Devotional Thoughts for Today
“The God of Mercy”
“You shall make a mercy seat of pure gold. Two cubits and a half shall be its length, and a cubit and a half its breadth. 18 And you shall make two cherubim of gold; of hammered work shall you make them, on the two ends of the mercy seat.19 Make one cherub on the one end, and one cherub on the other end. Of one piece with the mercy seat shall you make the cherubim on its two ends. 20 The cherubim shall spread out their wings above, overshadowing the mercy seat with their wings, their faces one to another; toward the mercy seat shall the faces of the cherubim be. 21 And you shall put the mercy seat on the top of the ark, and in the ark you shall put the testimony that I shall give you. 22 There I will meet with you, and from above the mercy seat, from between the two cherubim that are on the ark of the testimony, I will speak with you about all that I will give you in commandment for the people of Israel.
In 2011, Sandra Walker, a mother of two, lost her husband in a car accident that also caused her to have a life-changing brain injury. At the trial for the accident, in her court statement Walker said she sympathized with the woman who crashed into them—who herself lost a child in the accident—and gave her a hug. “I know she is going through as much pain as I am feeling. I wanted her to know that I forgive her for what she did,” Walker told a local new station. Stories like Sandra’s shows a picture of mercy, which is the topic for today’s devotional.
Mercy is defined as
“compassionate or kindly forbearance shown toward an offender, an enemy, or other person in one’s power; compassion, pity, or benevolence” (Dictionary.com)
Mercy and grace are similar but not the same. Putting it simply, grace is getting favors what we don’t deserve while mercy is not getting the punishment what we do deserve.
As Ark of the Covenant was being constructed, the Law was placed inside the ark, and a lid called the mercy seat closed the box. God knew that Israel would break His law; nevertheless, He would be merciful by covering their law breaking—to guard those who truly loved Him from His wrath. Ultimately, this was achieved through the death of a substitute and the sprinkling of blood on the mercy seat itself (Lev. 16). The ark’s cover was used in making atonement for sin as the high priest sprinkled blood on the mercy seat—this showed that sin was forgiven and the people were covered by God’s mercy. What does this mean for us?
- We have been shown incredible mercy through the blood of Christ. It is said that Jesus came to “make atonement for the sins of the people” (Heb 2:17). It means that we can live each day with gratitude and freedom knowing Christ took on the punishment we deserved.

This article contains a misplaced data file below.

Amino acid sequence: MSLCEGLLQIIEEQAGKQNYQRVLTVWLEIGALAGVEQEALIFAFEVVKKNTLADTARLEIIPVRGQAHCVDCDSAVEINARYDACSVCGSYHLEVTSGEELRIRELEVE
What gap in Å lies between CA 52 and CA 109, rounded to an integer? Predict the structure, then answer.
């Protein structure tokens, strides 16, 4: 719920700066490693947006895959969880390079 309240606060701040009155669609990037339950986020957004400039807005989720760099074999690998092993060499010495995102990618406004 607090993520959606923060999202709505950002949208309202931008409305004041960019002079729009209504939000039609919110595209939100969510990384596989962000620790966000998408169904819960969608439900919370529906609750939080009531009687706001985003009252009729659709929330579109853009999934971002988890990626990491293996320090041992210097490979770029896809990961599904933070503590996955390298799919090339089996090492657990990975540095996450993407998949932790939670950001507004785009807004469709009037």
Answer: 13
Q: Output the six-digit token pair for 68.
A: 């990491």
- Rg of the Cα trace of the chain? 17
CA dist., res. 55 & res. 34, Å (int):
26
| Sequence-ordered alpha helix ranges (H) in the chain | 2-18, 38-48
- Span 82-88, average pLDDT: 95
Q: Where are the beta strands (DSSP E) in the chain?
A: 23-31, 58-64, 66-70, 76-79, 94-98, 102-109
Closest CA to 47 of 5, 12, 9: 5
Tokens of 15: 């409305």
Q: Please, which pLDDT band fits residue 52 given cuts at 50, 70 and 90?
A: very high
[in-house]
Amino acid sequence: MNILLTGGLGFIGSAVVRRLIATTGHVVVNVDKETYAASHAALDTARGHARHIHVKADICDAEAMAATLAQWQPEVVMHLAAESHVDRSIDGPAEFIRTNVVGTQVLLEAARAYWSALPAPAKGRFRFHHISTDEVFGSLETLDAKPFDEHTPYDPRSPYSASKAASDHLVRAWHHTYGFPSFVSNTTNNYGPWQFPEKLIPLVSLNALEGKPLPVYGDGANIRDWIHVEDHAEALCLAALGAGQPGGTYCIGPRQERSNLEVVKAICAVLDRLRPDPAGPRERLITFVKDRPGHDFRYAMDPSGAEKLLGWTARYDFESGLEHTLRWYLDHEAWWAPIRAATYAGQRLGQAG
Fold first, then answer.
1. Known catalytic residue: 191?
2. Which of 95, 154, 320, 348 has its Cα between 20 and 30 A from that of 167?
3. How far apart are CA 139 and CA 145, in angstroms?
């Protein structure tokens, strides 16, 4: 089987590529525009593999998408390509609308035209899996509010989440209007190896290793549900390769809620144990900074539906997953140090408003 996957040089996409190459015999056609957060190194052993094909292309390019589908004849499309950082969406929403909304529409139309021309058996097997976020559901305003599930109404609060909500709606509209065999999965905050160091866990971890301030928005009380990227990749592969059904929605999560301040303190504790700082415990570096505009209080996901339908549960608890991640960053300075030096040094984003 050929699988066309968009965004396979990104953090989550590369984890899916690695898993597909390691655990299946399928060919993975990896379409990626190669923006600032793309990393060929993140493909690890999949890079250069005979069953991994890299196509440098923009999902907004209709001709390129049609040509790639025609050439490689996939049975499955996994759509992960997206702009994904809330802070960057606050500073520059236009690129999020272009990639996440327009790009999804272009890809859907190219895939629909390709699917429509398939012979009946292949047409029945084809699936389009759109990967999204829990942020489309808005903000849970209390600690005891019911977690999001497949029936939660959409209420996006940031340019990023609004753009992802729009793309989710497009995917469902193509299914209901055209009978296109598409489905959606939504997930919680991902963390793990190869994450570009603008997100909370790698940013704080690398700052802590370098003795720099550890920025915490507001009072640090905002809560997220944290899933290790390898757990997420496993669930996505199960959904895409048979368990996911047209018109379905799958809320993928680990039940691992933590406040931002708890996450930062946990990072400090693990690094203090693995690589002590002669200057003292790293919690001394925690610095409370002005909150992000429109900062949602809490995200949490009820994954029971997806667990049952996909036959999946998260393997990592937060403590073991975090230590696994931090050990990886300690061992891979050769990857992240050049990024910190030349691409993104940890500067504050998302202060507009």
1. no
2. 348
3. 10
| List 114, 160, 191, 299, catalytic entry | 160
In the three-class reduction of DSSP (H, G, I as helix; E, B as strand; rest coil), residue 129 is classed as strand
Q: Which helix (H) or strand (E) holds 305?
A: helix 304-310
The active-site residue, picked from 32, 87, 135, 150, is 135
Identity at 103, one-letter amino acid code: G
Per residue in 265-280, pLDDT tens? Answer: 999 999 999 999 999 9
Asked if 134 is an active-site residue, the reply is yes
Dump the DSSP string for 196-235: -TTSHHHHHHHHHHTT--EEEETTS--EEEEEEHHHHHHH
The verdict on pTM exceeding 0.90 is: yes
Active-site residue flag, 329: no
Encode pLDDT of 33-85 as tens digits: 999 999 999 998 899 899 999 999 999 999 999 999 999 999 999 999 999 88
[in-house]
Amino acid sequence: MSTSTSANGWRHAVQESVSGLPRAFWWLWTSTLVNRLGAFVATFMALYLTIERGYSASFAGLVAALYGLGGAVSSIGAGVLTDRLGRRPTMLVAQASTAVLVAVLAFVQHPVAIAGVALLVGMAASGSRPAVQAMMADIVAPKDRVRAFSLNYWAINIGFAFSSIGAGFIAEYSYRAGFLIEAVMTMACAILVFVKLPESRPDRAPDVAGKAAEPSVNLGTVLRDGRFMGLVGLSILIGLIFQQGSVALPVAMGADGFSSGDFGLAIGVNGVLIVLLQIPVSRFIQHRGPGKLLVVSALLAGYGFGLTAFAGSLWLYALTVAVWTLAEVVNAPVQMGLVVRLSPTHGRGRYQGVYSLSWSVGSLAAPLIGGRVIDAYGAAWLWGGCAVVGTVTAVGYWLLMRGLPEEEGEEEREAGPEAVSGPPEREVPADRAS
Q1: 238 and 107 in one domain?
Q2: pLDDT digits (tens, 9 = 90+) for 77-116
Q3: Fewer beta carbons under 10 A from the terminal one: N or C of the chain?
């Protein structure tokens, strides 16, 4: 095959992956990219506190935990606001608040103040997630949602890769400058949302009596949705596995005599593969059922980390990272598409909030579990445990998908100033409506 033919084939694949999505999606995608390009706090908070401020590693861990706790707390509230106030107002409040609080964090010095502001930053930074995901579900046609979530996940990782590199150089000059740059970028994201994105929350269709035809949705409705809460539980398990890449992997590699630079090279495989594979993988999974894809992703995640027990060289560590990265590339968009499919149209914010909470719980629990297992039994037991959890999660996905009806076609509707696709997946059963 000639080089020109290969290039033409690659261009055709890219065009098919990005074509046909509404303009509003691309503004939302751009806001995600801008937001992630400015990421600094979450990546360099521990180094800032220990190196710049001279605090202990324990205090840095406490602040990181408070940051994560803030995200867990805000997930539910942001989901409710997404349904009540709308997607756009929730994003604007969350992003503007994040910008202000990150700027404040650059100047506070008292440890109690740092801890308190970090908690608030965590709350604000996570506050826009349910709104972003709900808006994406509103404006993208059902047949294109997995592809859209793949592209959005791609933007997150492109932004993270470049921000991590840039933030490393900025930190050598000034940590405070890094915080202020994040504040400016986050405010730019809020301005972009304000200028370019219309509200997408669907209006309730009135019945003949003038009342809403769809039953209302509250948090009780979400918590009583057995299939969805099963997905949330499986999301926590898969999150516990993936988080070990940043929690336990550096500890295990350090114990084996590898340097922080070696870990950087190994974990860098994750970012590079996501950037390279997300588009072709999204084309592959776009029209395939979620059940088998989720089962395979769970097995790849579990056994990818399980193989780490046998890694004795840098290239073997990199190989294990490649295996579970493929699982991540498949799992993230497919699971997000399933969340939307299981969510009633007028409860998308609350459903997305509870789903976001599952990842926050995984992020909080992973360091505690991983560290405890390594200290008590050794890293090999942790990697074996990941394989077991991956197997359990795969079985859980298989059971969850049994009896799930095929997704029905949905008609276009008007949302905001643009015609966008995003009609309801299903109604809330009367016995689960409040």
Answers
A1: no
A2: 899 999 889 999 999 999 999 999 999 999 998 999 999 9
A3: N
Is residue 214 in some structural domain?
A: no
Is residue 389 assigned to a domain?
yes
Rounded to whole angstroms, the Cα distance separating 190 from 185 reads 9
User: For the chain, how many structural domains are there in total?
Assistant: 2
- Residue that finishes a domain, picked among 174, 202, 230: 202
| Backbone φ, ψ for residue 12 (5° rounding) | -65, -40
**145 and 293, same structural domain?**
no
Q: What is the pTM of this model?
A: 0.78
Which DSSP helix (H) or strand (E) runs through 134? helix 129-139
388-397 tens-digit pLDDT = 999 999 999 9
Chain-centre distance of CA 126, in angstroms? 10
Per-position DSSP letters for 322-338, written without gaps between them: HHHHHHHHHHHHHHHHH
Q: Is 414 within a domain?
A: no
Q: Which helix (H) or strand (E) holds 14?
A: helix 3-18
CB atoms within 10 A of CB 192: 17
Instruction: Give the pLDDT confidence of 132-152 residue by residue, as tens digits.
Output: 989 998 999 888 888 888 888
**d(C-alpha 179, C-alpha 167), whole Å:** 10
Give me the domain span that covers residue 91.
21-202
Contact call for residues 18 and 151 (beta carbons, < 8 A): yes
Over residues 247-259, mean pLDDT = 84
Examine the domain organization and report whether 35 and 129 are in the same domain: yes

- It also means we can show mercy toward others. When people hurt or wrong us, we can have the strength to show forgiveness and mercy because it was first shown to us. Paul writes, “Be kind to one another, tenderhearted, forgiving one another, as God in Christ forgave you.” (Ephesians 4:32)
Prayer: Lord, thank You for the mercy You show us when we do not deserve it! Help us to live each day remembering Christ’s mercy for us.
Bible Reading for Today: 2 Corinthians 8
Lunch Break Study
Read Romans 12:1-2: I appeal to you therefore, brothers, by the mercies of God, to present your bodies as a living sacrifice, holy and acceptable to God, which is your spiritual worship. 2 Do not be conformed to this world, but be transformed by the renewal of your mind, that by testing you may discern what is the will of God, what is good and acceptable and perfect.
Questions to Consider
- What should be our response to the mercies of God?
- How does true transformation come in our lives?
- How can these verses challenge you to surrender in view of God’s mercy?
- It is offering our bodies as worship to the Lord. It means surrendering every part of our lives – physical bodies, possessions, careers, etc. to Him in light of the mercy He has shown us.
- Transformation starts in the mind – specifically through the Word of God. The word changes the way we see life, God and others and that’s where we should start when it comes to making changes in our lives.
- Take some time and mediate on what this means for you in every area of your life.
Mercy and forgiveness must be free and unmerited to the wrongdoer. If the wrongdoer has to do something to merit it, then it isn’t mercy, but forgiveness always comes at a cost to the one granting the forgiveness. – Tim Keller
As we look at the topic of mercy, take some time to think about the following:
- In what areas do you need to give to the Lord in response to his mercy on you?
- Is there anyone you need to forgive as God has shown his unmerited mercy on you?
Take some time to pray and ask the Lord to reveal these truths to you.